Today, I noticed from Facebook status updates and Twitter posts (tweets) that a few of my acquaintances were, like me, flying today. They noted what I did in my flights from Nashville to Oakland (via a change in San Diego): airports were quiet and the flights are less than half full. Out of a potential 137 passengers, my flight from Nashville to San Diego had 58 and my San Diego to Oakland flight had 44. As I have noted from experience, the first weeks of September are not heavy flying times in general as the vacation season has ended. However, today, it seemed an especially somber-flying day for airline passengers.
I can understand the trepidation. The date 9/11 means many things to us — in both a collective way and with each of us, in a uniquely personal way. I travelled today with my colleague John Lavey, who is the person who, six years ago, stuck his head in my office door and told me to head to the TV. This morning, we tried to recall how that morning went our office. I know several people who will read this post can remember our shared dismay as we followed the events unfold on a TV in our break room.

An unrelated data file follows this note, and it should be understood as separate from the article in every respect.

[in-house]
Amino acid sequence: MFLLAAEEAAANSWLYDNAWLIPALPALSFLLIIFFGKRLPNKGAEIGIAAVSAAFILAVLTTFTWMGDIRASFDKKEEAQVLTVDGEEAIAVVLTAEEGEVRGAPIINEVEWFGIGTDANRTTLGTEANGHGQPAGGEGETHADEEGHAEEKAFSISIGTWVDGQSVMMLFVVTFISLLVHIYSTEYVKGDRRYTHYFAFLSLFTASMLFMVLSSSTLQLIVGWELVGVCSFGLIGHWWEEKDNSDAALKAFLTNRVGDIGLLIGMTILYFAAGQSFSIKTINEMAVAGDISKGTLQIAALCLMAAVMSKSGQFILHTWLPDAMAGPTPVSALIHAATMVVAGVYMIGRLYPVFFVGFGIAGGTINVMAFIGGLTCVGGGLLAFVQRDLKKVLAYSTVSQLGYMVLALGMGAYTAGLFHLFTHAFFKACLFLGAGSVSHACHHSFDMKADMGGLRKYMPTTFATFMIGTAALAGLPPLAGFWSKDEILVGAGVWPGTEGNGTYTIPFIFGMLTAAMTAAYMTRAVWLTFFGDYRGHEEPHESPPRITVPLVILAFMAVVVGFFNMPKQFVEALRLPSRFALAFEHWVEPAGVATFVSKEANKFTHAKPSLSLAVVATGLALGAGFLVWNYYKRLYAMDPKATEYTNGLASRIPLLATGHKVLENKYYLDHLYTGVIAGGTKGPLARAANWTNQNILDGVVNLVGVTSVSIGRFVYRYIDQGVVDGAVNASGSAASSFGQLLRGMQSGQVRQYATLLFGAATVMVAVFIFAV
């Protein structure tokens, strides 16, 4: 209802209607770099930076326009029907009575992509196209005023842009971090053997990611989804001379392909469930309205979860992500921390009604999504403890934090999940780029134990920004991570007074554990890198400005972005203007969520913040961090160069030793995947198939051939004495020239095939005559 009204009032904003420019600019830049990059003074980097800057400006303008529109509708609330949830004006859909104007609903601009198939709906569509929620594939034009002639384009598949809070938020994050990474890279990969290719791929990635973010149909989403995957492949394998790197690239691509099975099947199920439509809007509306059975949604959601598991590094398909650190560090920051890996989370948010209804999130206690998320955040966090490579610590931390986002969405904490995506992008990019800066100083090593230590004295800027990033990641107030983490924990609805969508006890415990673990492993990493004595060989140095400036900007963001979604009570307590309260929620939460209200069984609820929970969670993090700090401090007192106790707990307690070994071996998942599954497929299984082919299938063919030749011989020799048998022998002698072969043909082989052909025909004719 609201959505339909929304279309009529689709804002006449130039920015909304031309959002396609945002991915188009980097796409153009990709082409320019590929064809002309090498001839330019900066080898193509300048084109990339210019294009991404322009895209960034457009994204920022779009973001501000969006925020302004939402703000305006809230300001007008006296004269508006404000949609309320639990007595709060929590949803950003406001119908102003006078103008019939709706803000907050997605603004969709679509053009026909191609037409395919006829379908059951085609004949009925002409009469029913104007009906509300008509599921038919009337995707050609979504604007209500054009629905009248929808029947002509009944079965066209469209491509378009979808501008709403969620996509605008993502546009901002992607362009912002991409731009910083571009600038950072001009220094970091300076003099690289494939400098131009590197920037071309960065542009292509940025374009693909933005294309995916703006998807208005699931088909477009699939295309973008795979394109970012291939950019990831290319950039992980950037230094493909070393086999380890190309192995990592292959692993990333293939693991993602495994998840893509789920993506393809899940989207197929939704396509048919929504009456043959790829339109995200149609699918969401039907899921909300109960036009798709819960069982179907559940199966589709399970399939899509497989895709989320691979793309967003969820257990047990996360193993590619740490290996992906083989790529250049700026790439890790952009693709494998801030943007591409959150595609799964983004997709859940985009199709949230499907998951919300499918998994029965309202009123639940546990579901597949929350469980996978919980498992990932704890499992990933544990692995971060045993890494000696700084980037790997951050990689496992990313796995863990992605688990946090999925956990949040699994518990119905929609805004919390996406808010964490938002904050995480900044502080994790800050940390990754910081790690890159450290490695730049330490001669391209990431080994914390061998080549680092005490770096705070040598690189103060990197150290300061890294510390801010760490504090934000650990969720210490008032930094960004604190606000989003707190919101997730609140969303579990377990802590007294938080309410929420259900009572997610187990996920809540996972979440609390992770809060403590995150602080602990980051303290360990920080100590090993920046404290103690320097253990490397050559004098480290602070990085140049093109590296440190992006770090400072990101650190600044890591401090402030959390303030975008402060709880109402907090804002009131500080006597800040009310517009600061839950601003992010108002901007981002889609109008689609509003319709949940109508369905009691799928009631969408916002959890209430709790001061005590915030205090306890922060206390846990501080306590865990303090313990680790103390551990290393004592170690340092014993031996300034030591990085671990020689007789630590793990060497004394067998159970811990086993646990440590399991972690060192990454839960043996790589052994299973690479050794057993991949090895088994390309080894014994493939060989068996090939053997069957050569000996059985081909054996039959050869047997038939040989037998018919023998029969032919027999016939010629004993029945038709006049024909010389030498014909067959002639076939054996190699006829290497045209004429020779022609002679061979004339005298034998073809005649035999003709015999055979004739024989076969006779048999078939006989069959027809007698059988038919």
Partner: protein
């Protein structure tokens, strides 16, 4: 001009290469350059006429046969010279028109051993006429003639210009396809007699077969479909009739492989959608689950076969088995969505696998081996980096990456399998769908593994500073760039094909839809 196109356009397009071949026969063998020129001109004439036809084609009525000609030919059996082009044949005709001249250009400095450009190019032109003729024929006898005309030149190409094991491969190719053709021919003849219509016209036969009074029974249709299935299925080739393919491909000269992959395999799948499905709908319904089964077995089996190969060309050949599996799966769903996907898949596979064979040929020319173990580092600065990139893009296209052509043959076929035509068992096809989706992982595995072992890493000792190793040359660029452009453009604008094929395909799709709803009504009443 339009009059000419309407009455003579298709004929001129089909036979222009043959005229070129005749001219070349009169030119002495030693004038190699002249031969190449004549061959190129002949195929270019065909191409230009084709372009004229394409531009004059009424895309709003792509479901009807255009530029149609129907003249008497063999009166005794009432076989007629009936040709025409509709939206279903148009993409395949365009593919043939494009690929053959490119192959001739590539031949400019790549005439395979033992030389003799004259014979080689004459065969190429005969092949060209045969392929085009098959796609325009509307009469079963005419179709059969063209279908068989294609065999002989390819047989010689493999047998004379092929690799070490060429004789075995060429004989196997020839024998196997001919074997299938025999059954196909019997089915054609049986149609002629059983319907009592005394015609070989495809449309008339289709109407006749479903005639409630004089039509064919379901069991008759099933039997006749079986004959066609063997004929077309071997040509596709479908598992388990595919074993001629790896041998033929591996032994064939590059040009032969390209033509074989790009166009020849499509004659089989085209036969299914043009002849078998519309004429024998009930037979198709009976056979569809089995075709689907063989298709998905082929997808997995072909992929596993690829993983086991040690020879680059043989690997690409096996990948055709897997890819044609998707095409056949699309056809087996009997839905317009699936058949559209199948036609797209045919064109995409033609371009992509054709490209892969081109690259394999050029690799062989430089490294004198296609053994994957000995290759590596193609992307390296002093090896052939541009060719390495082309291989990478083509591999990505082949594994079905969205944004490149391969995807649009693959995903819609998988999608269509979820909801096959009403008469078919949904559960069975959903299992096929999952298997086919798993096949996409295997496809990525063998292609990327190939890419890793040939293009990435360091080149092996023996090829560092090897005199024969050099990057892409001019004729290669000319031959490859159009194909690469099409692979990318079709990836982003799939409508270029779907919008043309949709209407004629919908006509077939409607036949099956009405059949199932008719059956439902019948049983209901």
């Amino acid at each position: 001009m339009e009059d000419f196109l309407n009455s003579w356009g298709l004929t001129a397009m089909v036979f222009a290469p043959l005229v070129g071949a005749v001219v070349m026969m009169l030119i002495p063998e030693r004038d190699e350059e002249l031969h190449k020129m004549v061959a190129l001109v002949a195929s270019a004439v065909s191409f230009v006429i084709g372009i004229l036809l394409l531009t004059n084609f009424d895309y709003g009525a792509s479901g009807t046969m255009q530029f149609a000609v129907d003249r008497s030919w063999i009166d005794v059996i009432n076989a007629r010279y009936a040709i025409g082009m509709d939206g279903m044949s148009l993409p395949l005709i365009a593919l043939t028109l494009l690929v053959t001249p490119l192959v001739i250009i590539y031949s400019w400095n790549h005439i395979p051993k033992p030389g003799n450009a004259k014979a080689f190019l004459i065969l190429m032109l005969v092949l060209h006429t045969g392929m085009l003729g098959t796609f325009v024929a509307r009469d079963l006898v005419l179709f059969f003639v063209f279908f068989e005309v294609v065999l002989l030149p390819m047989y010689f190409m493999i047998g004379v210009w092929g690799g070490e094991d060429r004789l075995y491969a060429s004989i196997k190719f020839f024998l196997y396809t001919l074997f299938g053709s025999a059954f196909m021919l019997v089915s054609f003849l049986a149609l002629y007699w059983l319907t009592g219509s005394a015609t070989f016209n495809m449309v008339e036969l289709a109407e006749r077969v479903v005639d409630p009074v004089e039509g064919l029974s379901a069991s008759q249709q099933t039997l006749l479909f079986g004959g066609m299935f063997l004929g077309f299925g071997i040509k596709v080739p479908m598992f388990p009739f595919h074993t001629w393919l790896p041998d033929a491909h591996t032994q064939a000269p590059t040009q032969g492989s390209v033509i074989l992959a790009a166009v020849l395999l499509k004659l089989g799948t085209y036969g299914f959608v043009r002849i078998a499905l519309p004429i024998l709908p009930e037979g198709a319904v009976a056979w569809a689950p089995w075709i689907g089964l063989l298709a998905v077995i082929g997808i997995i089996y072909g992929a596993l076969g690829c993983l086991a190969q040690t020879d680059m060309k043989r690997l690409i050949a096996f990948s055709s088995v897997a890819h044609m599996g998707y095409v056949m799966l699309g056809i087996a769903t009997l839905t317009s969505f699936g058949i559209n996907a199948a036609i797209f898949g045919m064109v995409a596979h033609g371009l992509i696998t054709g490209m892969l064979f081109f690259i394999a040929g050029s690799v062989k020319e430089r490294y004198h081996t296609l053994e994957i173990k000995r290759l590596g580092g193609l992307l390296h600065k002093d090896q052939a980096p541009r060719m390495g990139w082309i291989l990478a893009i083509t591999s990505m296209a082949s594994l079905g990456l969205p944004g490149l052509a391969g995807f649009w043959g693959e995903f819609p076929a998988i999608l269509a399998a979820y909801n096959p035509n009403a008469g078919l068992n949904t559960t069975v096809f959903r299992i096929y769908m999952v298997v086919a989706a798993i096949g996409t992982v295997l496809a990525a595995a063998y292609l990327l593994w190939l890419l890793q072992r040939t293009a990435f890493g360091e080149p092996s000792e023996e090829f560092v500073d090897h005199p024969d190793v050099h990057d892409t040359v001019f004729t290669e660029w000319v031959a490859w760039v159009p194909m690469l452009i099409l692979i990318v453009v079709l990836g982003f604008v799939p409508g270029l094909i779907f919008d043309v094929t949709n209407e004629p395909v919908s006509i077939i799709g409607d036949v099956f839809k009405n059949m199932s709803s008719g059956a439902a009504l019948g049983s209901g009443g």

As our offices are in an 11-story building that also houses several regional and field offices of federal agencies including, at the time, the FBI, by mid-day we were told the building was going to be “secured” and were encouraged to send our staff home. A couple of our employees were in DC along with two clients who were traveling with them. The four of them wisely determined to use their rental car to immediately drive down to Nashville — Hertz and other rental agencies, you’ll recall, announced later they would waive all drop-off fees for customers who were in such circumstances.
As I headed out of our office building that early afternoon, the building was being guarded by, I assume, FBI agents, in full flak-gear with machine gun ready. It was, for me, a personal surreal moment in a collective surreal experience.
I think we all have our personal impressions of horror from that day. So, in no way am I suggesting that anyone should fly on a commercial aircraft on the anniversary of 9/11/2001 if it conjures up fear.
As for me, however, I hope there is something respectful in flying on this day. I know there are many ways this day is being remembered. For me, in a very small, personal way, flying cross-country was a way to say I won’t be intimidated by the heinous act of terrorists.